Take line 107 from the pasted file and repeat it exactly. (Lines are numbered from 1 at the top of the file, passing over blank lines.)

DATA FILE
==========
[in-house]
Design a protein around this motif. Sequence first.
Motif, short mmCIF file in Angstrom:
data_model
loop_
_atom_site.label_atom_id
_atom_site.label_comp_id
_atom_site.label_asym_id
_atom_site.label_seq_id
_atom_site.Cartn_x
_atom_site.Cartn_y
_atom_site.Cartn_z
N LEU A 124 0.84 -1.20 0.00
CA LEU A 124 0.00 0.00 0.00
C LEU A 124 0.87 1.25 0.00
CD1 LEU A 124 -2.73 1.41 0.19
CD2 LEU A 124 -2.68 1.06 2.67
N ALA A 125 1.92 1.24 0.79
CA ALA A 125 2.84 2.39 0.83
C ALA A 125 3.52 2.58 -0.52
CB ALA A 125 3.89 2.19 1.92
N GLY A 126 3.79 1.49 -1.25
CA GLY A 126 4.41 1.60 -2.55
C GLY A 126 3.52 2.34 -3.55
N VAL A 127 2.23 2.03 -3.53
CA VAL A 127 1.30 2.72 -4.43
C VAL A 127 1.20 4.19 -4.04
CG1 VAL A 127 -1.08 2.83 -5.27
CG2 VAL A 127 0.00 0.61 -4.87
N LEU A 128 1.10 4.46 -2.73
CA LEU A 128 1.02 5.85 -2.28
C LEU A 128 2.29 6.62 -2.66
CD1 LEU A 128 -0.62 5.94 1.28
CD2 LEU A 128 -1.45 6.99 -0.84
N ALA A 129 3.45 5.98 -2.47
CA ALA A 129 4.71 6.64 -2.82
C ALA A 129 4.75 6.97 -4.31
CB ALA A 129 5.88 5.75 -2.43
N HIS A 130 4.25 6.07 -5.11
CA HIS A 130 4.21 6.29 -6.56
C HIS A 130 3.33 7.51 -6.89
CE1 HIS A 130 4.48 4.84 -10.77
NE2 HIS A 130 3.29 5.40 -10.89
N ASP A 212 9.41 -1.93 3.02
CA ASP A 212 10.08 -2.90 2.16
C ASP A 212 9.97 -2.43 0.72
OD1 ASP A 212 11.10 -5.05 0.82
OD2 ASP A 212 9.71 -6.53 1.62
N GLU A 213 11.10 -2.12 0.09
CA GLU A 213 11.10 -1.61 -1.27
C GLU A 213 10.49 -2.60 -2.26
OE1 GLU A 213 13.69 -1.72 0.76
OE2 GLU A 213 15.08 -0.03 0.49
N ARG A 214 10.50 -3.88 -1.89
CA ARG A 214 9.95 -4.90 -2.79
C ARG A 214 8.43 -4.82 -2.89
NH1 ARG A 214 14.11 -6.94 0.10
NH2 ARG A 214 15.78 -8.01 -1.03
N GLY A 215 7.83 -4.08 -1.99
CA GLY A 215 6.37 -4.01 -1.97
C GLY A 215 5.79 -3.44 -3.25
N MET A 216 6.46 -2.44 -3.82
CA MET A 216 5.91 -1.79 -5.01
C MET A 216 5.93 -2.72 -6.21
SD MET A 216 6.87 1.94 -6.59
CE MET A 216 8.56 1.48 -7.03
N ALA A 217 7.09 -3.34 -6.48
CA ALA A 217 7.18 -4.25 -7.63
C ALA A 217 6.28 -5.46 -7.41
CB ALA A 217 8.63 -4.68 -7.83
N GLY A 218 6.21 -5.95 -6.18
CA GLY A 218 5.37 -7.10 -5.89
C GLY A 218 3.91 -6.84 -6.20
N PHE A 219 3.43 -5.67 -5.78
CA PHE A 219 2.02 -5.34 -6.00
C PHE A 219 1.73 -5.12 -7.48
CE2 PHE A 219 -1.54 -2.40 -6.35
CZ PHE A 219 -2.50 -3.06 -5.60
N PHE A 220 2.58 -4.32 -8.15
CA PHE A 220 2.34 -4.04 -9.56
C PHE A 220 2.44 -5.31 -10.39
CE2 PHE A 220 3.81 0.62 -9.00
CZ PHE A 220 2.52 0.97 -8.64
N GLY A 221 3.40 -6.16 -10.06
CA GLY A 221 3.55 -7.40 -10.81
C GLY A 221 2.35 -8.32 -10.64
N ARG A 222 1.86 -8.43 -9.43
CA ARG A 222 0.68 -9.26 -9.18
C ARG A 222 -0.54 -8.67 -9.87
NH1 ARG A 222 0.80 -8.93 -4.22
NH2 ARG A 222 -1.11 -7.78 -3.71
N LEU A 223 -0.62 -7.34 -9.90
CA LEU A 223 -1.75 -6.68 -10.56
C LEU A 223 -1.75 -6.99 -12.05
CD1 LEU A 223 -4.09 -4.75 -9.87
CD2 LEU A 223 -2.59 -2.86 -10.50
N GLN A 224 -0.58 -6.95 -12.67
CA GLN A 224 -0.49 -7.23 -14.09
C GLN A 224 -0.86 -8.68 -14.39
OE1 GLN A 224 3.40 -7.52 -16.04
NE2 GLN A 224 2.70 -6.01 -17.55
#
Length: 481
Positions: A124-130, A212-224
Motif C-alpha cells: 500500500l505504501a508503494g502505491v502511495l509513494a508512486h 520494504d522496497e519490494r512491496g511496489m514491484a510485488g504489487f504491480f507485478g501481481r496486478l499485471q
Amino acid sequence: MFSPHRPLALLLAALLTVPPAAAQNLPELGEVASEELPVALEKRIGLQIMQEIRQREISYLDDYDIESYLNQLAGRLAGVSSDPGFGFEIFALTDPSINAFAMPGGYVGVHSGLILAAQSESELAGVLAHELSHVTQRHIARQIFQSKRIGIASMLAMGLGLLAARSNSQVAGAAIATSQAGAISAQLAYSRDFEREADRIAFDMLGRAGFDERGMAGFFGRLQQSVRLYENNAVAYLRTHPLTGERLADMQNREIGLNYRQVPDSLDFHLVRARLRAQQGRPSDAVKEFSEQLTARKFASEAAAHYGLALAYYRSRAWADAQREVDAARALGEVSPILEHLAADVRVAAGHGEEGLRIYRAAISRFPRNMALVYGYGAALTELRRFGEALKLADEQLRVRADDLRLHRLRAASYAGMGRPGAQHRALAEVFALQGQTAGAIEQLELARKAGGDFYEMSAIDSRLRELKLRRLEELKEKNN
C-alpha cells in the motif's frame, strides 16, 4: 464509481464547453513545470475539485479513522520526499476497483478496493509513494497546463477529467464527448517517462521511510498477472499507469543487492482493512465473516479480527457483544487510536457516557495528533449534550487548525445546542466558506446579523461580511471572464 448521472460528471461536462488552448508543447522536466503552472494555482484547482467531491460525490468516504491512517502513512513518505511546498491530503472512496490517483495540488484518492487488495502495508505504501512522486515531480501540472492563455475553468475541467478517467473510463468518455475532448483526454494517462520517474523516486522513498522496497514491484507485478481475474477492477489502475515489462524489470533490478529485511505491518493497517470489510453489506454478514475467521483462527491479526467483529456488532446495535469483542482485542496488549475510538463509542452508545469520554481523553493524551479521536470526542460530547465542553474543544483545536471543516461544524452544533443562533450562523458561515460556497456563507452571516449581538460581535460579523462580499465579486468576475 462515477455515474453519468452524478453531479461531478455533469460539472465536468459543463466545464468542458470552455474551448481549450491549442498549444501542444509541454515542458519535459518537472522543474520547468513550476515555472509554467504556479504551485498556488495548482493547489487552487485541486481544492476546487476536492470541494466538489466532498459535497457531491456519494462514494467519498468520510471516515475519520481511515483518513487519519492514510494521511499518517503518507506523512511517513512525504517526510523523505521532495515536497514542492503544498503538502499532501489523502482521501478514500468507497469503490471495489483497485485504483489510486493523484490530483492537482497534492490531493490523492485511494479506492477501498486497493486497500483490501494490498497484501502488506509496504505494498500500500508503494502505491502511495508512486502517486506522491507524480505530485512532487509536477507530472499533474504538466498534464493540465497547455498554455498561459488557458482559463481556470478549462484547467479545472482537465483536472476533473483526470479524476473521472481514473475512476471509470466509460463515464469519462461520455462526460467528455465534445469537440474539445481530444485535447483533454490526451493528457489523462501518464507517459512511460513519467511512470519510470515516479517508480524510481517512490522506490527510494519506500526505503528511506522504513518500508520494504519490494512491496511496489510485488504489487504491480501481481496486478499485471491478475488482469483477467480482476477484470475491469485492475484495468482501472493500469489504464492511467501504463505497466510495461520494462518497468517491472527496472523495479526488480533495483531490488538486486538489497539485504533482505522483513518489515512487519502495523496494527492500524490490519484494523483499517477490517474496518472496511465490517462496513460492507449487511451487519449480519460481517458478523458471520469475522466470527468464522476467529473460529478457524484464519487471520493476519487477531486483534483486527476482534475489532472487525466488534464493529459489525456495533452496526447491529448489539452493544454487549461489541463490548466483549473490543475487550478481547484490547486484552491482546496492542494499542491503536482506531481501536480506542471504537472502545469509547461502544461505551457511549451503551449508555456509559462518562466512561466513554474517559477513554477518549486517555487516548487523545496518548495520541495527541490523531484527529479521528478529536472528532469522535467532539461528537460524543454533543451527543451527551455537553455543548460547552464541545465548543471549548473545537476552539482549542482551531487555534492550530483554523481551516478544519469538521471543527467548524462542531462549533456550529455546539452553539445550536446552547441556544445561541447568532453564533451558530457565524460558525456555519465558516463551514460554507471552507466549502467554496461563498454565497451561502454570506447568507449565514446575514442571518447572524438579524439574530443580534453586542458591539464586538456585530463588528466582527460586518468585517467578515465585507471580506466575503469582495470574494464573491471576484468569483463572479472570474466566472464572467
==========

C-alpha cells in the motif's frame, strides 16, 4: 464509481464547453513545470475539485479513522520526499476497483478496493509513494497546463477529467464527448517517462521511510498477472499507469543487492482493512465473516479480527457483544487510536457516557495528533449534550487548525445546542466558506446579523461580511471572464 448521472460528471461536462488552448508543447522536466503552472494555482484547482467531491460525490468516504491512517502513512513518505511546498491530503472512496490517483495540488484518492487488495502495508505504501512522486515531480501540472492563455475553468475541467478517467473510463468518455475532448483526454494517462520517474523516486522513498522496497514491484507485478481475474477492477489502475515489462524489470533490478529485511505491518493497517470489510453489506454478514475467521483462527491479526467483529456488532446495535469483542482485542496488549475510538463509542452508545469520554481523553493524551479521536470526542460530547465542553474543544483545536471543516461544524452544533443562533450562523458561515460556497456563507452571516449581538460581535460579523462580499465579486468576475 462515477455515474453519468452524478453531479461531478455533469460539472465536468459543463466545464468542458470552455474551448481549450491549442498549444501542444509541454515542458519535459518537472522543474520547468513550476515555472509554467504556479504551485498556488495548482493547489487552487485541486481544492476546487476536492470541494466538489466532498459535497457531491456519494462514494467519498468520510471516515475519520481511515483518513487519519492514510494521511499518517503518507506523512511517513512525504517526510523523505521532495515536497514542492503544498503538502499532501489523502482521501478514500468507497469503490471495489483497485485504483489510486493523484490530483492537482497534492490531493490523492485511494479506492477501498486497493486497500483490501494490498497484501502488506509496504505494498500500500508503494502505491502511495508512486502517486506522491507524480505530485512532487509536477507530472499533474504538466498534464493540465497547455498554455498561459488557458482559463481556470478549462484547467479545472482537465483536472476533473483526470479524476473521472481514473475512476471509470466509460463515464469519462461520455462526460467528455465534445469537440474539445481530444485535447483533454490526451493528457489523462501518464507517459512511460513519467511512470519510470515516479517508480524510481517512490522506490527510494519506500526505503528511506522504513518500508520494504519490494512491496511496489510485488504489487504491480501481481496486478499485471491478475488482469483477467480482476477484470475491469485492475484495468482501472493500469489504464492511467501504463505497466510495461520494462518497468517491472527496472523495479526488480533495483531490488538486486538489497539485504533482505522483513518489515512487519502495523496494527492500524490490519484494523483499517477490517474496518472496511465490517462496513460492507449487511451487519449480519460481517458478523458471520469475522466470527468464522476467529473460529478457524484464519487471520493476519487477531486483534483486527476482534475489532472487525466488534464493529459489525456495533452496526447491529448489539452493544454487549461489541463490548466483549473490543475487550478481547484490547486484552491482546496492542494499542491503536482506531481501536480506542471504537472502545469509547461502544461505551457511549451503551449508555456509559462518562466512561466513554474517559477513554477518549486517555487516548487523545496518548495520541495527541490523531484527529479521528478529536472528532469522535467532539461528537460524543454533543451527543451527551455537553455543548460547552464541545465548543471549548473545537476552539482549542482551531487555534492550530483554523481551516478544519469538521471543527467548524462542531462549533456550529455546539452553539445550536446552547441556544445561541447568532453564533451558530457565524460558525456555519465558516463551514460554507471552507466549502467554496461563498454565497451561502454570506447568507449565514446575514442571518447572524438579524439574530443580534453586542458591539464586538456585530463588528466582527460586518468585517467578515465585507471580506466575503469582495470574494464573491471576484468569483463572479472570474466566472464572467